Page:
MONTREAL, December 12th 2018 – Tableau D’Hôte Theatre is thrilled to announce that it has partnered with Black History Month for its upcoming production of Blackout: The Concordia Computer Riots.
As the 50th anniversary of Sir George Williams (now known as Concordia) Computer Riots draws near, the play retells the series of events that led to a student uprising against the backdrop of heightened racial tensions. Tableau D’Hôte Theatre has chosen to present the production on the same dates and in the same building where the events took place fifty years ago.
In 1969, students occupied the computer centre on the 9th floor of the Henry F. Hall Building of Concordia University to protest the university’s mismanagement of a racism complaint lodged by West-Indian students against their professor. An agreement to put an end to the protest fell through after two weeks of occupation, leading the University to call in the riot police to disperse the students. The day took a heavy toll: nearly one hundred student arrests, and over two-million dollars’ worth of damages. This student uprising is largely considered one of the most important in Canada history. And though the professor was eventually cleared of charges, the circumstances leading up to the protests forced the University to re-evaluate how they handle complaints against professors.
“Blackout examines how intercultural relations have changed in Québec over the course of the last fifty years. It is staged in a context where mainstream society continues to attempt to tell leaders of anti-racists movements what the “right” way is to voice discontent. That is as true today as it was in 1969,” explains Mathieu Murphy-Perron, Artistic Producer of Tableau D’Hôte Theatre and director of the project. “The backlash against the demands of Black communities responding to SLĀV, or even the Colin Kapernick controversy, speak to this tendency to want to impose a proper way of protest for Black, and Indigenous People of Colour.”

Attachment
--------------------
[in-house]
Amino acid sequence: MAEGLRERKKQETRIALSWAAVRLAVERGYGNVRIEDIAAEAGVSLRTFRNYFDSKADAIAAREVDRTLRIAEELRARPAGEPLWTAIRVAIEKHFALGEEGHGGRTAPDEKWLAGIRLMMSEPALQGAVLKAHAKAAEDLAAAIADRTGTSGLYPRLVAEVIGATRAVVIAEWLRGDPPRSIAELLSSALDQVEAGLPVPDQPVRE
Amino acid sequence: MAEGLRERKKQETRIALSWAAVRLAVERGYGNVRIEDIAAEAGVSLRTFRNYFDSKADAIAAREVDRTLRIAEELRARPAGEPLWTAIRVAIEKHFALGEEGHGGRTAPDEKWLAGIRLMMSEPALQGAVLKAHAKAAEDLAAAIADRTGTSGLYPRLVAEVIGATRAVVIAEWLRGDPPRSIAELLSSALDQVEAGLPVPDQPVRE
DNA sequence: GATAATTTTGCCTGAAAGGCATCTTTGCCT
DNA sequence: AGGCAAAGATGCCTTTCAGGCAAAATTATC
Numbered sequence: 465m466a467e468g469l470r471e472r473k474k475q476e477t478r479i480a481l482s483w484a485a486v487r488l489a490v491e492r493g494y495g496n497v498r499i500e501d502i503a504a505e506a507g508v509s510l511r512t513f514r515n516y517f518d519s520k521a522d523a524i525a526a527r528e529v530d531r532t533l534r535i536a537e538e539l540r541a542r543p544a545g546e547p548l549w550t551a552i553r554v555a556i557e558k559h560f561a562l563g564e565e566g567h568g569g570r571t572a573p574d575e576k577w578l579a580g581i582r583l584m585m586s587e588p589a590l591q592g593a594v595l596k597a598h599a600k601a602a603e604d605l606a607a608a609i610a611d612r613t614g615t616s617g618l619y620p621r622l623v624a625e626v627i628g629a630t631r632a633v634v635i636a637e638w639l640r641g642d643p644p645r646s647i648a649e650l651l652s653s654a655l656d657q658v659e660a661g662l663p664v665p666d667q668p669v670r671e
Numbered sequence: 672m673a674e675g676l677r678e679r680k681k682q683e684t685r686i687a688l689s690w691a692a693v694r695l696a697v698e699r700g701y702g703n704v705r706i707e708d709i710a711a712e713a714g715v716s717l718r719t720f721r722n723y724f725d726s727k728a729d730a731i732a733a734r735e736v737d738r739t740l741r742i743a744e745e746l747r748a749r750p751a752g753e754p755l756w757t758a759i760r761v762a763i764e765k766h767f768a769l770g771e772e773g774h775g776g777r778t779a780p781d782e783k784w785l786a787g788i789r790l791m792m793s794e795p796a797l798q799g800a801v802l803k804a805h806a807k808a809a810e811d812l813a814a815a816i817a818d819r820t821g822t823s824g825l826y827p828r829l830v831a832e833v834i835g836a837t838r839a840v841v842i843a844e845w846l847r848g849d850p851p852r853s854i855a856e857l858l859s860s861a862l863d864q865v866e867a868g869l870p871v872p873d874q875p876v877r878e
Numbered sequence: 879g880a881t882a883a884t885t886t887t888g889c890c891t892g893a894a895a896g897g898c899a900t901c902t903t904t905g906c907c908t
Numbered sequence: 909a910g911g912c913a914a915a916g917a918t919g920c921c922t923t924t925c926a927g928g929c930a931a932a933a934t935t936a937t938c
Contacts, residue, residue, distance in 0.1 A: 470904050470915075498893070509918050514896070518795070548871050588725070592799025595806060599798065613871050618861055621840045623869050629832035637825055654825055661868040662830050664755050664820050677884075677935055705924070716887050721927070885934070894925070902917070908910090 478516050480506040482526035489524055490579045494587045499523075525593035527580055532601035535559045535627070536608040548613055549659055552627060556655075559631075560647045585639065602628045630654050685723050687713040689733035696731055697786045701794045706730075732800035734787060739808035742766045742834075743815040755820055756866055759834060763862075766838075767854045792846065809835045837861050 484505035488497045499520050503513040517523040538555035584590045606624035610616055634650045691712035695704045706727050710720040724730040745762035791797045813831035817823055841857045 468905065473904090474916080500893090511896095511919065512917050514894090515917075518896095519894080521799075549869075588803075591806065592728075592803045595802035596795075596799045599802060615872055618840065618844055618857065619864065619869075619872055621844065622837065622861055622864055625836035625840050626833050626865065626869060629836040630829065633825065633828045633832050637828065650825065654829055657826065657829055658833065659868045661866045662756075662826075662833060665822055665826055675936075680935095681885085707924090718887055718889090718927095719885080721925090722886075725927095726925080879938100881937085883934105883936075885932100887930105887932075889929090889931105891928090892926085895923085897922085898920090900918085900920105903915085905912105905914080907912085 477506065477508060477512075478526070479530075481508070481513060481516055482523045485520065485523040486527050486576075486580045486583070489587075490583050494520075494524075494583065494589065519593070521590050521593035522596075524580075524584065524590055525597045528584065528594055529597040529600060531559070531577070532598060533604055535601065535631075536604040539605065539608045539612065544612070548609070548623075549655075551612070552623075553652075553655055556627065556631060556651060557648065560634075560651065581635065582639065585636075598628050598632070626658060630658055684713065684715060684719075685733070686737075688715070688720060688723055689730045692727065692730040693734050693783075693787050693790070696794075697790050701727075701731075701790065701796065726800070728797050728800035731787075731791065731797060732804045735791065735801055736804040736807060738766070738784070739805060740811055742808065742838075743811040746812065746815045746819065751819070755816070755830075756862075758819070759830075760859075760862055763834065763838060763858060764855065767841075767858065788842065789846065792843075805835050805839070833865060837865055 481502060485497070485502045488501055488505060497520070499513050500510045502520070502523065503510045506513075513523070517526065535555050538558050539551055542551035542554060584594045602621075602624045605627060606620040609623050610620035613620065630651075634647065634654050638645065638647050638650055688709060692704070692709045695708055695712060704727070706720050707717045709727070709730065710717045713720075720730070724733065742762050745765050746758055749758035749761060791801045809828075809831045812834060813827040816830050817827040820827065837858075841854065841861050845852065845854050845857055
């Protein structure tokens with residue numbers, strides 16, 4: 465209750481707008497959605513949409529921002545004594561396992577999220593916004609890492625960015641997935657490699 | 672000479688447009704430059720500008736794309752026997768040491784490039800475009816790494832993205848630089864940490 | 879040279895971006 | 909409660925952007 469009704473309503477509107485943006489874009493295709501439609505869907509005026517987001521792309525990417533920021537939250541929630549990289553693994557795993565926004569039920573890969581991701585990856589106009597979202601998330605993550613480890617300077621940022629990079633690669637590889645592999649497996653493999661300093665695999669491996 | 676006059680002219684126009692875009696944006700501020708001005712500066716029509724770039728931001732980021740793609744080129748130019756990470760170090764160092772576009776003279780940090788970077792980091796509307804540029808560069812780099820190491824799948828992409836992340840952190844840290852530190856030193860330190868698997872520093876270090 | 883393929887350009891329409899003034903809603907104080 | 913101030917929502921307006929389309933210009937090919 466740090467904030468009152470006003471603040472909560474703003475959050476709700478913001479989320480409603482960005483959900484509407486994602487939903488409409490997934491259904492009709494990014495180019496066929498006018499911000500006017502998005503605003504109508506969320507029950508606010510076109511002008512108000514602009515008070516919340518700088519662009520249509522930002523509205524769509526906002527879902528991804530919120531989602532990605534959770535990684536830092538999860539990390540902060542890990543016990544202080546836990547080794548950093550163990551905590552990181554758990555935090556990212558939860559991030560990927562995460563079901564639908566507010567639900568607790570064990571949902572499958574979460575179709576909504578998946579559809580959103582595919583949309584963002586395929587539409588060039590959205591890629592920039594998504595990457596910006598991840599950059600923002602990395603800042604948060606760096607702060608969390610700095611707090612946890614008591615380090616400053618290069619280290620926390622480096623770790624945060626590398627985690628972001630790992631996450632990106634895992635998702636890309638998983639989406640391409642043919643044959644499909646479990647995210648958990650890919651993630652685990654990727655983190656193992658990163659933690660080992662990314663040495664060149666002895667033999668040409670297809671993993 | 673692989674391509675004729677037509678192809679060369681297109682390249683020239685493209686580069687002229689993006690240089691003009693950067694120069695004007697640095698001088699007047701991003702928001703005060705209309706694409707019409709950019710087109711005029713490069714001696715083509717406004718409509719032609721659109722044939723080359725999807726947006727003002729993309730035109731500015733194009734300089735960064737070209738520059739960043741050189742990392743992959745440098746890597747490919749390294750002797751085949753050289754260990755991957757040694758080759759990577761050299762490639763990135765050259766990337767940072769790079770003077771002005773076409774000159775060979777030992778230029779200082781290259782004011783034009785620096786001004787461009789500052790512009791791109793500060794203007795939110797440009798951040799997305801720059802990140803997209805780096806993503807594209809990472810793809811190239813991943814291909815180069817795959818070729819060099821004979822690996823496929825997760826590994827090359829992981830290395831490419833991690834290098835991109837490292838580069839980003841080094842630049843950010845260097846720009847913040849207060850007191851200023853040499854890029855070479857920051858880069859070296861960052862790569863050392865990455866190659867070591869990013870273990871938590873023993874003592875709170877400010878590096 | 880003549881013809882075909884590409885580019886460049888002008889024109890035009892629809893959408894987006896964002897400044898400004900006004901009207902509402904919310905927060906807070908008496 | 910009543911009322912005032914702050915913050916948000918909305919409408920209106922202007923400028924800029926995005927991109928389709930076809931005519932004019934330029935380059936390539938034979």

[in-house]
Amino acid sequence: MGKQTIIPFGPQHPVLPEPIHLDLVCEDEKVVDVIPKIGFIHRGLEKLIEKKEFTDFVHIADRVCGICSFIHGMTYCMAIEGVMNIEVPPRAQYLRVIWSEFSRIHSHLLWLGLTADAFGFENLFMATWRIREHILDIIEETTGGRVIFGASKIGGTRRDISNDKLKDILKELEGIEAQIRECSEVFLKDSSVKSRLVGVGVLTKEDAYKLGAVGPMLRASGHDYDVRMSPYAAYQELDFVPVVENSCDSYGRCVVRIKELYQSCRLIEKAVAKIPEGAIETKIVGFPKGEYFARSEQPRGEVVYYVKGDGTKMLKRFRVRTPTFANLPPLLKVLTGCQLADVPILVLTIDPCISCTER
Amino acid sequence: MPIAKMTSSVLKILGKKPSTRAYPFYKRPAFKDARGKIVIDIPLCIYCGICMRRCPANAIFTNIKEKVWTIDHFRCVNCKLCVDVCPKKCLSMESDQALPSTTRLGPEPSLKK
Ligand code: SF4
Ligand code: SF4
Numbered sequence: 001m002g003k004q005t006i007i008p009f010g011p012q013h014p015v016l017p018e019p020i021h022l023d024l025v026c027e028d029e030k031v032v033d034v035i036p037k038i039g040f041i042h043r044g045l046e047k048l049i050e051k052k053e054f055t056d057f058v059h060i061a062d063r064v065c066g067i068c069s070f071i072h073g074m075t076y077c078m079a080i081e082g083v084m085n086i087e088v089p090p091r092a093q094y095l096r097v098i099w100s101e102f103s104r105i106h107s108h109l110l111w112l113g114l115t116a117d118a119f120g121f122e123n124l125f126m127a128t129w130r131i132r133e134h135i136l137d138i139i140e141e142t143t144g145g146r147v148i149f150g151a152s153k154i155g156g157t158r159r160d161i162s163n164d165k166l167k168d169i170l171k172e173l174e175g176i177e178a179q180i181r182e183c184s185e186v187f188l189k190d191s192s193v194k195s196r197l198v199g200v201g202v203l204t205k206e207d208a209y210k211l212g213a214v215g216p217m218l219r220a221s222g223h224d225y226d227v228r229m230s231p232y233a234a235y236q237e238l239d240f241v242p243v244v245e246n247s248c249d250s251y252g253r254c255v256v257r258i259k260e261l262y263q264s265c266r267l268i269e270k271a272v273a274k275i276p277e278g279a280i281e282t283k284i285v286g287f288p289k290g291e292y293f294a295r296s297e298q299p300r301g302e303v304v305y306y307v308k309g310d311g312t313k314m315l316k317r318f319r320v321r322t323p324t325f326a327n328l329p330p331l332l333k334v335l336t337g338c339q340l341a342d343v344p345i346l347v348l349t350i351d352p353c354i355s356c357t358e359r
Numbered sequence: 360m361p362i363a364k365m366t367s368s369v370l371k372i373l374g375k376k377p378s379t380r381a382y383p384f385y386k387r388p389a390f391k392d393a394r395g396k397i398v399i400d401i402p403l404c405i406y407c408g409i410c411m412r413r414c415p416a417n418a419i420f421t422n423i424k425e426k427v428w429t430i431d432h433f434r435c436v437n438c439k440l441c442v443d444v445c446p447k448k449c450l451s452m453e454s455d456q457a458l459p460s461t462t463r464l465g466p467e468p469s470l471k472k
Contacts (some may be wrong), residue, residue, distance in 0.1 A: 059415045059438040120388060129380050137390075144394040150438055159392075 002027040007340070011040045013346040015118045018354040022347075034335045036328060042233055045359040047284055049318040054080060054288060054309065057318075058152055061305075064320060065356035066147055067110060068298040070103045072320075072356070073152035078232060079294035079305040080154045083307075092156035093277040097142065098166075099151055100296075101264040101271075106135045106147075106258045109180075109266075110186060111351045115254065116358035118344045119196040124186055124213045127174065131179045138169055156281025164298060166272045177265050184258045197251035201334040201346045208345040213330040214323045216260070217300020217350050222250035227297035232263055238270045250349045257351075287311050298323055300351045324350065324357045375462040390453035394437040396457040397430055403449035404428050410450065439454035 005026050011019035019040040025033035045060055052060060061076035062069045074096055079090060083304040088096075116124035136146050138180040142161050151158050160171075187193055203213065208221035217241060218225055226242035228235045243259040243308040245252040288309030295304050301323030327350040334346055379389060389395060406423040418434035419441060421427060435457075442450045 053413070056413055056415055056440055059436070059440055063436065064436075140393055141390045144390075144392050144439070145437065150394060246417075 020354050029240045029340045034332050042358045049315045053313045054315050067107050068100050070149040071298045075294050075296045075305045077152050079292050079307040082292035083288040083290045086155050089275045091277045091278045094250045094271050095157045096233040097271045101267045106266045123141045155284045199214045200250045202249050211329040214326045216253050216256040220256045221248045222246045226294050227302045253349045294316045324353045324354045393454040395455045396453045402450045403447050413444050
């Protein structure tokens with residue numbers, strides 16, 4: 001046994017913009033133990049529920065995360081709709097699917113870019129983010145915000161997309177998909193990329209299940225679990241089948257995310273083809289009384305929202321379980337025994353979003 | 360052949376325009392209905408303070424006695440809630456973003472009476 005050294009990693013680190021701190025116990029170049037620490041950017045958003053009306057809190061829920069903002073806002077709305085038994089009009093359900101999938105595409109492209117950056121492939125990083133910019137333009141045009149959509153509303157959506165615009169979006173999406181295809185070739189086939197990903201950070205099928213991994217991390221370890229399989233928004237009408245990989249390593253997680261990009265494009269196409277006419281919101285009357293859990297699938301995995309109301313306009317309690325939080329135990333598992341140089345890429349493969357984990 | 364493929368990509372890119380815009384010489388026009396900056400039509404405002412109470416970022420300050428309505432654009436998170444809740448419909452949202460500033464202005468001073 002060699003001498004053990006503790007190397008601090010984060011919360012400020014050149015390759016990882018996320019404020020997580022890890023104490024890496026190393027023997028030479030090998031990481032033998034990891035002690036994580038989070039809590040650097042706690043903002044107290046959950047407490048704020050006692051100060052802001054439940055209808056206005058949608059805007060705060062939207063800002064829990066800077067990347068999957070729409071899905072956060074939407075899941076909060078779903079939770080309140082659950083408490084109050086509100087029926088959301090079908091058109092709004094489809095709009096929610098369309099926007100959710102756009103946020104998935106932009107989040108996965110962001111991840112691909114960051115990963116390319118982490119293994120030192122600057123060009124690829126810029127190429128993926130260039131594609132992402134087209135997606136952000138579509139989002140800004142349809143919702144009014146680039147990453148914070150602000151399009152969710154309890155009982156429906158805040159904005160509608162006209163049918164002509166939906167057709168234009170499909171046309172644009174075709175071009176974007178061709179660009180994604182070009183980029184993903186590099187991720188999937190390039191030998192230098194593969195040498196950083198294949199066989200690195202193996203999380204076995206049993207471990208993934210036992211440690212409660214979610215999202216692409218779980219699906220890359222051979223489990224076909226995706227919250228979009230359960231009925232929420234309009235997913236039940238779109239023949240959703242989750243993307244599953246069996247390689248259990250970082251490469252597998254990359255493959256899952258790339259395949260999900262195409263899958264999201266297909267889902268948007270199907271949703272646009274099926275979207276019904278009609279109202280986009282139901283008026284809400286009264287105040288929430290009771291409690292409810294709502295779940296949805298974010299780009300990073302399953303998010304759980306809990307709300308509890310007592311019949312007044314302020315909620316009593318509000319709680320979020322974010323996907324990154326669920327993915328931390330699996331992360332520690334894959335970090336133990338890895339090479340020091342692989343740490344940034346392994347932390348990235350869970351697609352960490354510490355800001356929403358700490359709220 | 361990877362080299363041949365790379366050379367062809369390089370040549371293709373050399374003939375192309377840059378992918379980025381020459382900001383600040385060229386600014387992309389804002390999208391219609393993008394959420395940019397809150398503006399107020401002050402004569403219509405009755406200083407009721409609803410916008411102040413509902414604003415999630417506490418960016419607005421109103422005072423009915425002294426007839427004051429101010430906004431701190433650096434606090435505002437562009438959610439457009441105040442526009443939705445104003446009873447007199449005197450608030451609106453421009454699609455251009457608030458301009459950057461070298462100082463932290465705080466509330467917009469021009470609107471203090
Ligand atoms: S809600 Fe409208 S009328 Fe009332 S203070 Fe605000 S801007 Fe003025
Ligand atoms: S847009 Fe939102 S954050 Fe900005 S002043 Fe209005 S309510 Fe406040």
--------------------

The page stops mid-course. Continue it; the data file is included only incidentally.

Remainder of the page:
Created and devised by some of English Montréal’s most prolific artists, the production is composed of a cast of 12 actors of colour: Lucinda Davis (Adventures of a Black Girl in Search of God), Michelle Rambharose and Shauna Thompson (Romeo & Juliet: Love is love), Dakota Jamal Wellman (Instant), Gita Miller (Successions), Briauna James (Pinky Swear), Sophie-Thérèse Stone-Richards (City boy), spoken-word artist Kym Dominique-Ferguson, Maryline Chery (AFRODISIAQUE), Justin Johnson (Hair), as well as soon-to-be and recent Concordia graduates Marie Hall, and Jahlani Knorren. Co-founder of Black Lives Matter-Toronto and internally renowned artist and activist Rodney Diverlus joins the production as choreographer in a design team that includes Sophie El-Assaad (set), Rob Denton and Elena Stoodley (sound), Audrey-Anne Bouchard (lighting), Noémi Poulin (costumes), Jaclyn Turner (projections), and Pamela Warden (makeup). The writing unit is composed of Tamara Brown, Lydie Dubuisson, Kym Dominique-Ferguson, and Mathieu Murphy-Perron.
Playing at the D.B. Clarke Theatre of Concordia University between January 30th and February 10th, 2019. Tickets are now on sale at https://tableaudhote.ca/blackout/.
Blackout was developed in collaboration with Playwrights’ Workshop Montréal and with the financial support of the Canada Council for the Arts, the Conseil des arts et des lettres du Québec, and the Conseil des arts de Montréal.
PROMOTION: Use the code “Smoke” to get a $7 discount to when you buy tickets online – valid until December 15th!: https://tableaudhote.ca/blackout/
Tableau D’Hôte Theatre presents
Blackout: the Concordia Computer Riots
January 29th – February 10th, 2019
Concordia University’s D.B. Clarke Theatre
(Henry F.Hall Bldg, 1455 Boulevard de Maisonneuve W)
Lucinda Davis, Kym Dominique Ferguson, Briauna James, Gita Miller, Michelle Rambharose, Sophie-Thérèse Stone-Richards, Shauna Thompson, Dakota Jamal Wellmen with Maryline Chery, Marie Hall, Justin Johnson and Jahlani Knorren
Directed by Mathieu Murphy-Perron
Assistant directors: Tamara Brown, Shanti Gonzales
Choreography: Rodney Diverlus
Stage Manager: Kate Hagemeyer
Lighting Design: Audrey-Anne Bouchard
Sound Design: Rob Denton, Elena Stoodley
Set Design: Sophie El Assaad
Costume Design: Noémi Poulin
Projection Design: Jaclyn Turner
Makeup Design: Pamela Warden